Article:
Big Brother Is Watching Traders at Home in the Coronavirus Era

    The pandemic has created an unexpected boom in one corner of finance: surveillance. As traders continue to work from home, banks are beefing up their efforts to monitor staff and root out any misconduct, according to NICE Actimize, which makes compliance, risk and financial-crime software. There’s been a surge of interest in advanced technology, such as machine learning, that can help employers catch unusual employee behavior, said Chris Wooten, an executive vice president at the company. “With employees shifting to remote work, there was an increase in both the types of communications to be monitored and the types of behavior that could raise concerns,” he said in an email. “We saw communications channels expand from what was traditionally just office phones and trading turrets, to include personal mobile phones and unified communications platforms such as Microsoft Teams.” Of 140 financial institutions surveyed by NICE Actimize, 76% of respondents said they expect monitoring and surveillance will increase over the next three years. Almost 20% said those measures would apply to all employees. “Clearly this reflects the investments that financial institutions are making now, or will be making in the future,” Wooten said.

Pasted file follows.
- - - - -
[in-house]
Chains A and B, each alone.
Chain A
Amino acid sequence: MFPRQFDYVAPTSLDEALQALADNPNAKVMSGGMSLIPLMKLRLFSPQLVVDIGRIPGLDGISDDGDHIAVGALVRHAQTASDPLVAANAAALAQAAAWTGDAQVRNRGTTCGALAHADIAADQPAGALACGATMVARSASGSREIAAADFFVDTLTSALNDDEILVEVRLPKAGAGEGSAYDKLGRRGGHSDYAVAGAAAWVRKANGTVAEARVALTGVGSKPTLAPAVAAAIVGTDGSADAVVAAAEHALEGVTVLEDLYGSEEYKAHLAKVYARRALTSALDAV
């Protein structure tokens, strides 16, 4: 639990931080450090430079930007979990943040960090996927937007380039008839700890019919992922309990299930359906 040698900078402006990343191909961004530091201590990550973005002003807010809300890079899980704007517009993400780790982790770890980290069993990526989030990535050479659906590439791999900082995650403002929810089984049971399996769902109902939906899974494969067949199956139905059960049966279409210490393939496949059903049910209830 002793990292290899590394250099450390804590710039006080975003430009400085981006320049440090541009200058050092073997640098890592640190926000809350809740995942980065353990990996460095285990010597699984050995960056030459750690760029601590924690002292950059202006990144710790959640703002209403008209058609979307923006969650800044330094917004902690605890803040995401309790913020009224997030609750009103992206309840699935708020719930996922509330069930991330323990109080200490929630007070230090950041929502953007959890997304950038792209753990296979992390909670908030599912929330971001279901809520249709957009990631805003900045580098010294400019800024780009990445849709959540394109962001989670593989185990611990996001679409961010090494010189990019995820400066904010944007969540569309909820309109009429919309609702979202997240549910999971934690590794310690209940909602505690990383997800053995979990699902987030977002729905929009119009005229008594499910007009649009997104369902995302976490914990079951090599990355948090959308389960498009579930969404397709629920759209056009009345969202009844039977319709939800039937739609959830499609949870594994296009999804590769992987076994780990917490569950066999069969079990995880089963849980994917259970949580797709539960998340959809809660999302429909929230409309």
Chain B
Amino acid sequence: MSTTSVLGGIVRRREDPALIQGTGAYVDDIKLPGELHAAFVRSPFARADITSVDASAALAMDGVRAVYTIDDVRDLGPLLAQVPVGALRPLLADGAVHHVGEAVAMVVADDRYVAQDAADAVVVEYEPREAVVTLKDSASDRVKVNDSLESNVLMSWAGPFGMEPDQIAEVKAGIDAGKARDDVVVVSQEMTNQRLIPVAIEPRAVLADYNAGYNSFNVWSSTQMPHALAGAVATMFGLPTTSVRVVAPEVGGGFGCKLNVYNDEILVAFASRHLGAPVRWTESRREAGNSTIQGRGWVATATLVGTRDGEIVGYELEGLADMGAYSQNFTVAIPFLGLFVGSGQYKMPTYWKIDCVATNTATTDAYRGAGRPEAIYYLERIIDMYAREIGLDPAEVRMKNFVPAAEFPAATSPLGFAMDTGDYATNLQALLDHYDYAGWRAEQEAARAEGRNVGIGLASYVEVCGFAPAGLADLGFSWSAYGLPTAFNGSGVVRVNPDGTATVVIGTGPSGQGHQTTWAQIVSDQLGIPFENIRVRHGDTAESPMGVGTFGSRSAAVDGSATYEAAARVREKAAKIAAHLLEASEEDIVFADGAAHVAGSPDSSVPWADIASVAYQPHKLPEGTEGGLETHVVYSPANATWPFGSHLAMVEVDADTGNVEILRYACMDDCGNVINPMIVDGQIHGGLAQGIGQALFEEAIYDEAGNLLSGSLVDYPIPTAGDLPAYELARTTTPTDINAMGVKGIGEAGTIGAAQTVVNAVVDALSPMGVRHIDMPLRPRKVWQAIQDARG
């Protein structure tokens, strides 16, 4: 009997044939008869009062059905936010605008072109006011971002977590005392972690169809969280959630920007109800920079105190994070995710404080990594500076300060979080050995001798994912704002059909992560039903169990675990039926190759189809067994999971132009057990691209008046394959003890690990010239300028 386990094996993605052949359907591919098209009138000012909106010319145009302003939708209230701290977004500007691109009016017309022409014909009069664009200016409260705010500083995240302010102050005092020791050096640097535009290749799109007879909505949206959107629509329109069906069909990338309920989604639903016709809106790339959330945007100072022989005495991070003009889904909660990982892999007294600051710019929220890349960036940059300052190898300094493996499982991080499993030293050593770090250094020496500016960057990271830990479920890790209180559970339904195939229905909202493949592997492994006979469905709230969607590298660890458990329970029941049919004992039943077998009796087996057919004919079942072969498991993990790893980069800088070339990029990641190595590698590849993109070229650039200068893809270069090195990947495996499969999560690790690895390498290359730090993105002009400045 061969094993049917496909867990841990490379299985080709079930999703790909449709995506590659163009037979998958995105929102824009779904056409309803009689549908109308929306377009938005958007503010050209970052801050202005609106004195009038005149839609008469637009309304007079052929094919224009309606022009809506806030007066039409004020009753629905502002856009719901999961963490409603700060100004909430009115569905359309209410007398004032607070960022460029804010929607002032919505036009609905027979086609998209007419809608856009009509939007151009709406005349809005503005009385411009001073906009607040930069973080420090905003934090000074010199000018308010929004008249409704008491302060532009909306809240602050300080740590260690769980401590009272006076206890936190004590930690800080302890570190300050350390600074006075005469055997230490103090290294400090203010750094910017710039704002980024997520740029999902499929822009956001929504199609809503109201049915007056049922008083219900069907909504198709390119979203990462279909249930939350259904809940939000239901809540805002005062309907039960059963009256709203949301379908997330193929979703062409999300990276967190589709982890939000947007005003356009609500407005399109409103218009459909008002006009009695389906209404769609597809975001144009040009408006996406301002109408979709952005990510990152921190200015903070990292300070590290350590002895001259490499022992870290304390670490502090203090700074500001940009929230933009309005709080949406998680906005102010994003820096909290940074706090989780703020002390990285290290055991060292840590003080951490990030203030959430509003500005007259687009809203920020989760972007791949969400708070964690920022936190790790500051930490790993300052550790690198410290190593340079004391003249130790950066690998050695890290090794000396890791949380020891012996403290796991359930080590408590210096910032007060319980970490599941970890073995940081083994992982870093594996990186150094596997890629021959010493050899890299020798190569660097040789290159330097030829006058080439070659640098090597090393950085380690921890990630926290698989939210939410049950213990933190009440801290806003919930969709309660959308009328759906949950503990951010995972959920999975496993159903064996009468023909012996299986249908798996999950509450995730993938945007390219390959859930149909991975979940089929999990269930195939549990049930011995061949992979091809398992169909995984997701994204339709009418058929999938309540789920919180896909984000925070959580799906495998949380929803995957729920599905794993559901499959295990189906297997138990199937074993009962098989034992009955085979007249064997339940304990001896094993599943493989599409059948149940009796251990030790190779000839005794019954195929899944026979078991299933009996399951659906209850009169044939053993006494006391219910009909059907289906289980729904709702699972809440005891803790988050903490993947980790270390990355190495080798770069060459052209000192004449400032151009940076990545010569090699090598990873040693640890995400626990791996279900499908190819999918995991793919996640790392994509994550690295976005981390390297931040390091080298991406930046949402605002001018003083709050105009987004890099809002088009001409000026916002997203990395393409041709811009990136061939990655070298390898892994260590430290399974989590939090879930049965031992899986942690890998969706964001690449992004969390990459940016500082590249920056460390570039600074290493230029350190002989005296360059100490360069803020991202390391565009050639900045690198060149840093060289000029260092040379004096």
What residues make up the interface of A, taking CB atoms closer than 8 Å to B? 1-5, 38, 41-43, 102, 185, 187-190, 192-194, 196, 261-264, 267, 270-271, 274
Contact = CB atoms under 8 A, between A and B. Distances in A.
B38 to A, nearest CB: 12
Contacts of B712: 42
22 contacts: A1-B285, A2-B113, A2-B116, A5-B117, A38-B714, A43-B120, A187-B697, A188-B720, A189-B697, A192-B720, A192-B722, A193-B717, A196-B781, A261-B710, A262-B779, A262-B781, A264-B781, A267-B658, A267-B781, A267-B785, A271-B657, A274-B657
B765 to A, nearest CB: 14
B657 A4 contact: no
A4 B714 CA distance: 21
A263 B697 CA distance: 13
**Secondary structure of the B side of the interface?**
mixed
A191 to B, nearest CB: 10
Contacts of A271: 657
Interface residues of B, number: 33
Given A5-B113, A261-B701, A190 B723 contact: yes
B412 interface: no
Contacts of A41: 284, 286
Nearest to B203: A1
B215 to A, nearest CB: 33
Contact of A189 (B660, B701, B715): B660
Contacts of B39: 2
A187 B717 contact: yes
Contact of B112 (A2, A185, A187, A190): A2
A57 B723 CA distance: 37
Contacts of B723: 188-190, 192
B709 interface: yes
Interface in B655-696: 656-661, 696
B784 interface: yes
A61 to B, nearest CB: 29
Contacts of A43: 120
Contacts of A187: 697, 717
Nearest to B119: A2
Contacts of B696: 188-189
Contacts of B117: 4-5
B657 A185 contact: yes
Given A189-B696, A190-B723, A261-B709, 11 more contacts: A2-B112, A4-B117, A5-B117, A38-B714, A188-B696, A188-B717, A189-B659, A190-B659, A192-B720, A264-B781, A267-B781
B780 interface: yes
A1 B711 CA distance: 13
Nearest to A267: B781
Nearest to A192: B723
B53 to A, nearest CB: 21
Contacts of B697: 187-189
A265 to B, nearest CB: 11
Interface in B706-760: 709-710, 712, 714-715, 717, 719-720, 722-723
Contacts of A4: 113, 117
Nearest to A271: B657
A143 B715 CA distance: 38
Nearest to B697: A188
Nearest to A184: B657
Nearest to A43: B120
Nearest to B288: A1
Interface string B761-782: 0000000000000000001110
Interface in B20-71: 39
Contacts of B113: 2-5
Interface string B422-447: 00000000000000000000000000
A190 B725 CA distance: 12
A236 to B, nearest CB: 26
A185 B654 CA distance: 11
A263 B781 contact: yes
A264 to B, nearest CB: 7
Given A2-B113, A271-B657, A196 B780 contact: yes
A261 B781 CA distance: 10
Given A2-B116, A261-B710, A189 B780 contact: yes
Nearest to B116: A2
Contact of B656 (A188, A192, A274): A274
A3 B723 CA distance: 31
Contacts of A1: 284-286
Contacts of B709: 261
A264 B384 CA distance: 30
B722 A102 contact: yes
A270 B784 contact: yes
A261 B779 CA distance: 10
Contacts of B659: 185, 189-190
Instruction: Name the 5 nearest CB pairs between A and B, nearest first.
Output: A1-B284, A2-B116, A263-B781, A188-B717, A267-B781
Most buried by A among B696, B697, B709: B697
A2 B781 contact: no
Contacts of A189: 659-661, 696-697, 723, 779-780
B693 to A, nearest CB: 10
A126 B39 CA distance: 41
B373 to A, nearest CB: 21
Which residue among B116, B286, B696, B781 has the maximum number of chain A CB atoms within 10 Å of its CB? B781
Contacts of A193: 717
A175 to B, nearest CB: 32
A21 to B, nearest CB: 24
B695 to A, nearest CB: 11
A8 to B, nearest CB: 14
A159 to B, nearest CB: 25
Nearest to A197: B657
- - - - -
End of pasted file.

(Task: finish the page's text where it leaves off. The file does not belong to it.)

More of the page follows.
• Last update 1 day ago 08/12/2020Latest Source

    Trump’s WeChat Assault Endangers $280 Billion Tencent Rally